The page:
Updated from 1:13 p.m. EST
Late Wednesday, the companies said Penn National plans to pay $47 a share in cash for Argosy, a 15% premium to Argosy's Wednesday closing price of $40.75. The transaction, valued at about $2.2 billion and expected to close in the second half of next year, includes roughly $805 million of Argosy's long-term debt, but the companies said it would be "immediately" accretive to Penn National's earnings a share.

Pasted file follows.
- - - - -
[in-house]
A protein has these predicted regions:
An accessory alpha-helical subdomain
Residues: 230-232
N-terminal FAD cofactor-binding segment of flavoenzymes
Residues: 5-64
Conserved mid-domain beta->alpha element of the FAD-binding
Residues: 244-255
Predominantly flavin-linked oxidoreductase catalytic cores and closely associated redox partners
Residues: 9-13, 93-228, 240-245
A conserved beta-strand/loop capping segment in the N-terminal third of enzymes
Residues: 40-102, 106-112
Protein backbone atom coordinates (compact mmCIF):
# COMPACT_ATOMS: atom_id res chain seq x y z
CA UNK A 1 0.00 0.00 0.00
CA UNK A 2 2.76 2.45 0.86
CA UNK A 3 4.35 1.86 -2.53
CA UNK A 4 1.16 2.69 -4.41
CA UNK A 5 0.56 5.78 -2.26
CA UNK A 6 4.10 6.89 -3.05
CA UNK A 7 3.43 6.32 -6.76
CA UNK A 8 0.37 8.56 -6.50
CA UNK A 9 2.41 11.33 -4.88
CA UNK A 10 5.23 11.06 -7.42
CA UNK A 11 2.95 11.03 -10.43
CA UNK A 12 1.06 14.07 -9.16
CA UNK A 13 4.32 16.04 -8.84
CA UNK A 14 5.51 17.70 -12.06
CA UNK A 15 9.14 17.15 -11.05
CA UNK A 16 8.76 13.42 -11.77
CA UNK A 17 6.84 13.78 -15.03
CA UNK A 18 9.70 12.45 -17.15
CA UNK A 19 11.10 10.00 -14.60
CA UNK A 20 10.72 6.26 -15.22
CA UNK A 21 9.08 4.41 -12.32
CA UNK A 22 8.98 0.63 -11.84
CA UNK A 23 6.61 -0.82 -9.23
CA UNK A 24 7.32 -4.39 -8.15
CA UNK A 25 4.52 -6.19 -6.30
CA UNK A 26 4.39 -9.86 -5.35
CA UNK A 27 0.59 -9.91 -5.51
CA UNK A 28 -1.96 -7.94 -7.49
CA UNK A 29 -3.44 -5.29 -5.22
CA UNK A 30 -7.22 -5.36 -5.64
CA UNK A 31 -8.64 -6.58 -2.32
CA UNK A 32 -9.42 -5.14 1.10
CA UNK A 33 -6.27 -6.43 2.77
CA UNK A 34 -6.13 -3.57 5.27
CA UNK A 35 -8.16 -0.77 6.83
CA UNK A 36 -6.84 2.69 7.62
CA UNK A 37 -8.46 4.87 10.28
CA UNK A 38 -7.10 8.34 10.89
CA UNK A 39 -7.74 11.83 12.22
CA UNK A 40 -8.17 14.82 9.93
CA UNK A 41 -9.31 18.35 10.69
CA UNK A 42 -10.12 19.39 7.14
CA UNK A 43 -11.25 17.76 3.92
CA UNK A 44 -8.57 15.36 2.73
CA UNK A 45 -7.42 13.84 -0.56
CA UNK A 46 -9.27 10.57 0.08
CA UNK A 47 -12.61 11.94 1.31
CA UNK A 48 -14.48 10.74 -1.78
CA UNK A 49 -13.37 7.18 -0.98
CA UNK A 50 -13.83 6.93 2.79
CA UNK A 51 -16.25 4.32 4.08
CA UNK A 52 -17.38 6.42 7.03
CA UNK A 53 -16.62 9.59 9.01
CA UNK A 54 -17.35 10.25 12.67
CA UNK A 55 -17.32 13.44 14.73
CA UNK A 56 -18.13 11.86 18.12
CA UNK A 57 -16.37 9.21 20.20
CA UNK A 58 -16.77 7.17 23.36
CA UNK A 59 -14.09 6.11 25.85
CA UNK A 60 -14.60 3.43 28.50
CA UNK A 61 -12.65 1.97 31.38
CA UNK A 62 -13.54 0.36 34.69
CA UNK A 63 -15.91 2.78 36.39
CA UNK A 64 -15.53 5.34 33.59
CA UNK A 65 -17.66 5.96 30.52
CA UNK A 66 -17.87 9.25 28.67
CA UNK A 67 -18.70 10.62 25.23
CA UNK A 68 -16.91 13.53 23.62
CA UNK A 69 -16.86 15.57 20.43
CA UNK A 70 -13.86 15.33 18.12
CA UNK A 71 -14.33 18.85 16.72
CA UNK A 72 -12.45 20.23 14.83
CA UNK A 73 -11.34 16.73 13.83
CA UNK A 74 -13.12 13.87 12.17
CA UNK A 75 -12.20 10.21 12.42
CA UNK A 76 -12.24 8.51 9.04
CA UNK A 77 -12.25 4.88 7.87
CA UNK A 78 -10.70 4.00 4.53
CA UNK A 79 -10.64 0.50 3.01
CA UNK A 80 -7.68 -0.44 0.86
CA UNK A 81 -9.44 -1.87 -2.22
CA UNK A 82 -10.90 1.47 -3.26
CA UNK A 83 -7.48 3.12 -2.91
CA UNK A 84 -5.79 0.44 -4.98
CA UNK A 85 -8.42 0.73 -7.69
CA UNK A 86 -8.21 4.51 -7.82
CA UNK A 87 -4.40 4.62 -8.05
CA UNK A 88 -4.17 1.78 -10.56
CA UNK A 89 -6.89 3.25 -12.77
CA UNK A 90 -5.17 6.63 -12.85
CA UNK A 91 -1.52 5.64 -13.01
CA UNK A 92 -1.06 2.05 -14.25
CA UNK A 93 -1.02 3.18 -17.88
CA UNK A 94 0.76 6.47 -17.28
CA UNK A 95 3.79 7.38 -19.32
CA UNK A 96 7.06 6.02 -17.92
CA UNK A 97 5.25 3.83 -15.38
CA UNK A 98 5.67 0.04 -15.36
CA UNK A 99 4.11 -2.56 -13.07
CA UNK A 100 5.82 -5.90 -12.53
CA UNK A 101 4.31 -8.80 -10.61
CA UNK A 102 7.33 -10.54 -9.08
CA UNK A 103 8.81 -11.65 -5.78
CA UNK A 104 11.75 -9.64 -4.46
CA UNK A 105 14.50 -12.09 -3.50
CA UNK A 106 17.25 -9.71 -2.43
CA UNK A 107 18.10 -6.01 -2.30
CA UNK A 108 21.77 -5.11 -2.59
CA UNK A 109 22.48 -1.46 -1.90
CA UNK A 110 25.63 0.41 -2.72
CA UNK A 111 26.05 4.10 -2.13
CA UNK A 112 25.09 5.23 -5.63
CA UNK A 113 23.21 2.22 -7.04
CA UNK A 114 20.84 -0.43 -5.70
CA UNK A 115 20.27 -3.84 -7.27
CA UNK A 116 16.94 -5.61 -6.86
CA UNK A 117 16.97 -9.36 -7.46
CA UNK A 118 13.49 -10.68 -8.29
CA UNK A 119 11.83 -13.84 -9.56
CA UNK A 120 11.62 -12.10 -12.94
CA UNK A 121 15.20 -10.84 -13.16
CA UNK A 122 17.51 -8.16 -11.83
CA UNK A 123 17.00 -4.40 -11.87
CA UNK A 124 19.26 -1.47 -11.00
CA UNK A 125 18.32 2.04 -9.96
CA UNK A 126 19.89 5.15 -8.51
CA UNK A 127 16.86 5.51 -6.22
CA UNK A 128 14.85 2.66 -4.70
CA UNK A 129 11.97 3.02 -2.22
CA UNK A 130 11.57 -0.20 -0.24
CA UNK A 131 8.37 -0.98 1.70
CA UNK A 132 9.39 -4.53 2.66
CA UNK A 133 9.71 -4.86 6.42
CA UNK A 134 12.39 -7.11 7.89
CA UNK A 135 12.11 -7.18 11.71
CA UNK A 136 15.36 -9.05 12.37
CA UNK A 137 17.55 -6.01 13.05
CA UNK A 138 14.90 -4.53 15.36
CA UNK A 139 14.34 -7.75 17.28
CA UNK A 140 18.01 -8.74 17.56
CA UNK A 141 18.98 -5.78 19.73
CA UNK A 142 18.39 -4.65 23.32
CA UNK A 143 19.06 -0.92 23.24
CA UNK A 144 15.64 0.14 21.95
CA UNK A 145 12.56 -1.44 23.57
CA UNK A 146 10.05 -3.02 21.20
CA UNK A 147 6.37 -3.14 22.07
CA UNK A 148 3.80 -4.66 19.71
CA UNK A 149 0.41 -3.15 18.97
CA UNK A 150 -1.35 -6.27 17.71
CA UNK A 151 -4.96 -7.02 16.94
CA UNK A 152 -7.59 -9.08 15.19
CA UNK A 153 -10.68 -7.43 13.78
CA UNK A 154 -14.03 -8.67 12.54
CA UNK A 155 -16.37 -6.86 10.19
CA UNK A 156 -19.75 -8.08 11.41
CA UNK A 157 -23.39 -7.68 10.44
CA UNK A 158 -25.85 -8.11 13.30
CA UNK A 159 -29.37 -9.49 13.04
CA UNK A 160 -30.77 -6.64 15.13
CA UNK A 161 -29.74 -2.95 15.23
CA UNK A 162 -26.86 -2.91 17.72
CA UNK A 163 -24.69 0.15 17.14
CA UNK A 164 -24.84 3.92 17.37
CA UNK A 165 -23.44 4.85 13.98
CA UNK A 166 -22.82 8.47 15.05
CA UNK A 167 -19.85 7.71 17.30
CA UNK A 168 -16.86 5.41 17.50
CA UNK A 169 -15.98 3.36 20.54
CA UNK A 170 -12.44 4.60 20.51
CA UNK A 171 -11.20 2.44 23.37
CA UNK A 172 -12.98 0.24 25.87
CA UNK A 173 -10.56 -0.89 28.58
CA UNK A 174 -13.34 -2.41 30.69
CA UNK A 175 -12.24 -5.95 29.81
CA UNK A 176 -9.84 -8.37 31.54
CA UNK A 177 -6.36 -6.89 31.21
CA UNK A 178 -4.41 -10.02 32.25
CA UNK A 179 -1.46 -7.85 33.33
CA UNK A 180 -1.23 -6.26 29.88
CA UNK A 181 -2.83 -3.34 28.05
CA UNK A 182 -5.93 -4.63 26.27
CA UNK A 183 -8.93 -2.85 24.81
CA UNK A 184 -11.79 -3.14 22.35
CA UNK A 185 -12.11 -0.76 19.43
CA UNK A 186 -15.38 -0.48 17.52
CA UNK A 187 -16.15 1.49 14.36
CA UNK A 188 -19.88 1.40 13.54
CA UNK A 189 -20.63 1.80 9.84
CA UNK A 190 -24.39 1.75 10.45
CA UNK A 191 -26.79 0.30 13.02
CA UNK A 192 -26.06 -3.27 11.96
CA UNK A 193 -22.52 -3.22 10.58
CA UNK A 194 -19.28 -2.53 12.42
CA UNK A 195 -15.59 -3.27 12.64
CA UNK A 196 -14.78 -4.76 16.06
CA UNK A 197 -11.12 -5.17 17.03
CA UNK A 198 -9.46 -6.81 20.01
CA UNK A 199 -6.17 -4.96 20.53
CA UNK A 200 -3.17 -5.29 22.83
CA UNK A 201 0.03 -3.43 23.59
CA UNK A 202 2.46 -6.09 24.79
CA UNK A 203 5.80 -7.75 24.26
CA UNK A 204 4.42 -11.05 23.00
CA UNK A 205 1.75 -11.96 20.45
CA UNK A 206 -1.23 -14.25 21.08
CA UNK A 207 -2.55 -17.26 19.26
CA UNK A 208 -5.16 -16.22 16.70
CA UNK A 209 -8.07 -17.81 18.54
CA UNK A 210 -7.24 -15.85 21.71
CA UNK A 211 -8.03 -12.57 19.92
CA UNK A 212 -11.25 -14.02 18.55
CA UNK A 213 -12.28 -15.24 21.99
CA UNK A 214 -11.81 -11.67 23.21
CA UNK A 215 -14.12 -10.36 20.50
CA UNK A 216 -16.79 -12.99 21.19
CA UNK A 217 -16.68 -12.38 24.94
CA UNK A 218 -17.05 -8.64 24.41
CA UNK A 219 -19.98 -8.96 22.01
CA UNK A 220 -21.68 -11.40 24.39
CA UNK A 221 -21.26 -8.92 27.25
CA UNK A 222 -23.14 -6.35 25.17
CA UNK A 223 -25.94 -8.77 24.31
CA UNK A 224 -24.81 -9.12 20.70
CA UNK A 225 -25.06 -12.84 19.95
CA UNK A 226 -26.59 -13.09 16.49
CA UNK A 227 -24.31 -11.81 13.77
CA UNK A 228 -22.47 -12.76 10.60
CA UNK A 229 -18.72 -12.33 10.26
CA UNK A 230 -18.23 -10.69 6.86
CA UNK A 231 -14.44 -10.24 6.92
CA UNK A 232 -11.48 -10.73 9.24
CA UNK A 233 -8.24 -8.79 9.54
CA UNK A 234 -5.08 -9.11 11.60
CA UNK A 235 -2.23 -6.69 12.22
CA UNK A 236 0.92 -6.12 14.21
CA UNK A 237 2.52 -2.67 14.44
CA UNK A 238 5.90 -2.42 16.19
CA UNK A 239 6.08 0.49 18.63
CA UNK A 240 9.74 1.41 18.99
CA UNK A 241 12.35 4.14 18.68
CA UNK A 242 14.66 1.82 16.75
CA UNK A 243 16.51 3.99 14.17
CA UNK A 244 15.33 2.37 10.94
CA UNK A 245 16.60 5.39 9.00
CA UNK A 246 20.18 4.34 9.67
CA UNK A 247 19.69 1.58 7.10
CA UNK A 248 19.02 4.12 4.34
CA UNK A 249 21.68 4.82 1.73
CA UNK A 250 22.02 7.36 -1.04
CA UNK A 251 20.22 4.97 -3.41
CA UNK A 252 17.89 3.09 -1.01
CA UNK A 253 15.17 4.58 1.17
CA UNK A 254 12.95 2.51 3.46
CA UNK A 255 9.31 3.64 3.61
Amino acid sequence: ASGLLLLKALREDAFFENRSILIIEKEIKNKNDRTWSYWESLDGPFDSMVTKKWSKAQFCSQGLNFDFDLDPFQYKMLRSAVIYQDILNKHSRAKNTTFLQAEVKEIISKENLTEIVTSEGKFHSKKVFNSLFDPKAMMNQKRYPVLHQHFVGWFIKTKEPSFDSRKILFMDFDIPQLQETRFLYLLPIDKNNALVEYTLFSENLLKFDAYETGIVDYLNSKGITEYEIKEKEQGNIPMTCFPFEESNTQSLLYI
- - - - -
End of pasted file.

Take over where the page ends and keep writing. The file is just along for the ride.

The resulting company will be the third-largest casino operator in the U.S.In reaction, Argosy shares jumped $4.59, or 11.3%, to $45.34. Penn National shares gained even more, however, and were up $10.06, or 24.3%, at $51.50, as investors bet on a big boost to the company's EPS. The announcement appeared to prompt speculation about which other smaller-capitalization gaming companies might make attractive acquisition targets, boosting shares of Isle of Capri Casinos (ISLE - Get Report) $4.92, or 24.0%, to $25.44. Merrill Lynch analyst David Anders estimated that if the combined company can generate $25 million in cost savings, the purchase will add about 91 cents to Penn National's annual EPS. Before the announcement, Wall Street analysts' average EPS estimates were $2.38 in 2005, and $2.93 in 2006, according to Thomson First Call. "We are maintaining our price target of $47 on Penn, however, in light of yesterday's announcement we believe this target may be conservative," Anders wrote in a research note. He added the shares could be worth between $50 and $53, assuming cost savings, a combined adjusted EPS of $3.31 and a price-to-earnings multiple of 15 to 16. (Merrill Lynch does and seeks to do business with companies covered in its research reports.) Penn National's purchase of Argosy would create a gaming powerhouse with annual revenue of more than $2 billion, more than 20,000 slot machines and about 700,000 square feet of casino space. The deal would "essentially" double Penn National's revenue and EBITDA (earnings before interest, taxes, depreciation and amortization), said Peter Carlino, Penn National's chief executive.